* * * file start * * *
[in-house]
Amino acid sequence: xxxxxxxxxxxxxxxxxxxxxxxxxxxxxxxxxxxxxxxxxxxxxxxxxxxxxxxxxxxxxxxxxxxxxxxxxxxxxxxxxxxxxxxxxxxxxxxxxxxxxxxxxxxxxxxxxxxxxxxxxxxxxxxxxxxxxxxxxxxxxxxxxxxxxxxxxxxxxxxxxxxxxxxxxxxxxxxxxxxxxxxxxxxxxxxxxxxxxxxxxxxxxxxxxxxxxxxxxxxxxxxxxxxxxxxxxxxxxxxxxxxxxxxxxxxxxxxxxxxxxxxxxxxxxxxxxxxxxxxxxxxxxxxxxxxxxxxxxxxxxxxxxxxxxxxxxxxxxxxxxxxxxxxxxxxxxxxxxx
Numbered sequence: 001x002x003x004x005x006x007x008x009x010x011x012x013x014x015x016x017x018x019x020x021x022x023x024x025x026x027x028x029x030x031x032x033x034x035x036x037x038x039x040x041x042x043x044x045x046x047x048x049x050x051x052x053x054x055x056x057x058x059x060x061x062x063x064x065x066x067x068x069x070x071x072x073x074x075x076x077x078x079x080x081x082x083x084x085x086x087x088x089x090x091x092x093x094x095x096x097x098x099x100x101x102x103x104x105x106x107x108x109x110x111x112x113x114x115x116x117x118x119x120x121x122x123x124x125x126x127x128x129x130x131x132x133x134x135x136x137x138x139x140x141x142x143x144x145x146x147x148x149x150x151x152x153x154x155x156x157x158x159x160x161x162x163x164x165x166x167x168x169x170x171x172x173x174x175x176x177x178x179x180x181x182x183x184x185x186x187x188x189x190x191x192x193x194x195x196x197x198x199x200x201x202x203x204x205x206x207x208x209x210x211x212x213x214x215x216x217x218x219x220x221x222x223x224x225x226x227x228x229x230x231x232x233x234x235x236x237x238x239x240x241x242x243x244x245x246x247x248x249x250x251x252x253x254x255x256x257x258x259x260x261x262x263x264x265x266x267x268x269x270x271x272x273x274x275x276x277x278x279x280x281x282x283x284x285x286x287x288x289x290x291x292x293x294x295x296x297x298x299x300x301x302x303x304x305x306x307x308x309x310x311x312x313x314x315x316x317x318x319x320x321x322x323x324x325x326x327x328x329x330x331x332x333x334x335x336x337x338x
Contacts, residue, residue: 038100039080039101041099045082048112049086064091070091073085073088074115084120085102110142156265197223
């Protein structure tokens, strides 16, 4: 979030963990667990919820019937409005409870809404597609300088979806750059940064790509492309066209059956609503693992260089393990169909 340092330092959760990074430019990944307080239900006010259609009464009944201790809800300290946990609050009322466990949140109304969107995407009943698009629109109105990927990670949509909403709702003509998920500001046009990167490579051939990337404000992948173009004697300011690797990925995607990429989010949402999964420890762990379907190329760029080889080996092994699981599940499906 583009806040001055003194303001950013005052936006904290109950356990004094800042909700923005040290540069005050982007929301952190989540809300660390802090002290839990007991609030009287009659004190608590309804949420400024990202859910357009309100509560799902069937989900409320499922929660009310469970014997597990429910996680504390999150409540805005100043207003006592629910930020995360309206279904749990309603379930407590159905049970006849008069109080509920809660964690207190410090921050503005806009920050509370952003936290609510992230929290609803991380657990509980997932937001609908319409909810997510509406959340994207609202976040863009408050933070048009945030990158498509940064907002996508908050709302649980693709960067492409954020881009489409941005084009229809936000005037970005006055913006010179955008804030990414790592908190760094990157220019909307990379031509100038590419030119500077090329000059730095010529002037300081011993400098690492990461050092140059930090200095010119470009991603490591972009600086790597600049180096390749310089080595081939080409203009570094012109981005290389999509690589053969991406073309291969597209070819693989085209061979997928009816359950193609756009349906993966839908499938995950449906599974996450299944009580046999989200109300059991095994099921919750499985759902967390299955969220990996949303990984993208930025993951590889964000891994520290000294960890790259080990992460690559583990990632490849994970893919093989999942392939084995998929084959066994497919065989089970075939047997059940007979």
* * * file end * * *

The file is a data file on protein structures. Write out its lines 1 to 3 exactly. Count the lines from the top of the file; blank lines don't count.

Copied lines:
[in-house]
Amino acid sequence: xxxxxxxxxxxxxxxxxxxxxxxxxxxxxxxxxxxxxxxxxxxxxxxxxxxxxxxxxxxxxxxxxxxxxxxxxxxxxxxxxxxxxxxxxxxxxxxxxxxxxxxxxxxxxxxxxxxxxxxxxxxxxxxxxxxxxxxxxxxxxxxxxxxxxxxxxxxxxxxxxxxxxxxxxxxxxxxxxxxxxxxxxxxxxxxxxxxxxxxxxxxxxxxxxxxxxxxxxxxxxxxxxxxxxxxxxxxxxxxxxxxxxxxxxxxxxxxxxxxxxxxxxxxxxxxxxxxxxxxxxxxxxxxxxxxxxxxxxxxxxxxxxxxxxxxxxxxxxxxxxxxxxxxxxxxxxxxxxx
Numbered sequence: 001x002x003x004x005x006x007x008x009x010x011x012x013x014x015x016x017x018x019x020x021x022x023x024x025x026x027x028x029x030x031x032x033x034x035x036x037x038x039x040x041x042x043x044x045x046x047x048x049x050x051x052x053x054x055x056x057x058x059x060x061x062x063x064x065x066x067x068x069x070x071x072x073x074x075x076x077x078x079x080x081x082x083x084x085x086x087x088x089x090x091x092x093x094x095x096x097x098x099x100x101x102x103x104x105x106x107x108x109x110x111x112x113x114x115x116x117x118x119x120x121x122x123x124x125x126x127x128x129x130x131x132x133x134x135x136x137x138x139x140x141x142x143x144x145x146x147x148x149x150x151x152x153x154x155x156x157x158x159x160x161x162x163x164x165x166x167x168x169x170x171x172x173x174x175x176x177x178x179x180x181x182x183x184x185x186x187x188x189x190x191x192x193x194x195x196x197x198x199x200x201x202x203x204x205x206x207x208x209x210x211x212x213x214x215x216x217x218x219x220x221x222x223x224x225x226x227x228x229x230x231x232x233x234x235x236x237x238x239x240x241x242x243x244x245x246x247x248x249x250x251x252x253x254x255x256x257x258x259x260x261x262x263x264x265x266x267x268x269x270x271x272x273x274x275x276x277x278x279x280x281x282x283x284x285x286x287x288x289x290x291x292x293x294x295x296x297x298x299x300x301x302x303x304x305x306x307x308x309x310x311x312x313x314x315x316x317x318x319x320x321x322x323x324x325x326x327x328x329x330x331x332x333x334x335x336x337x338x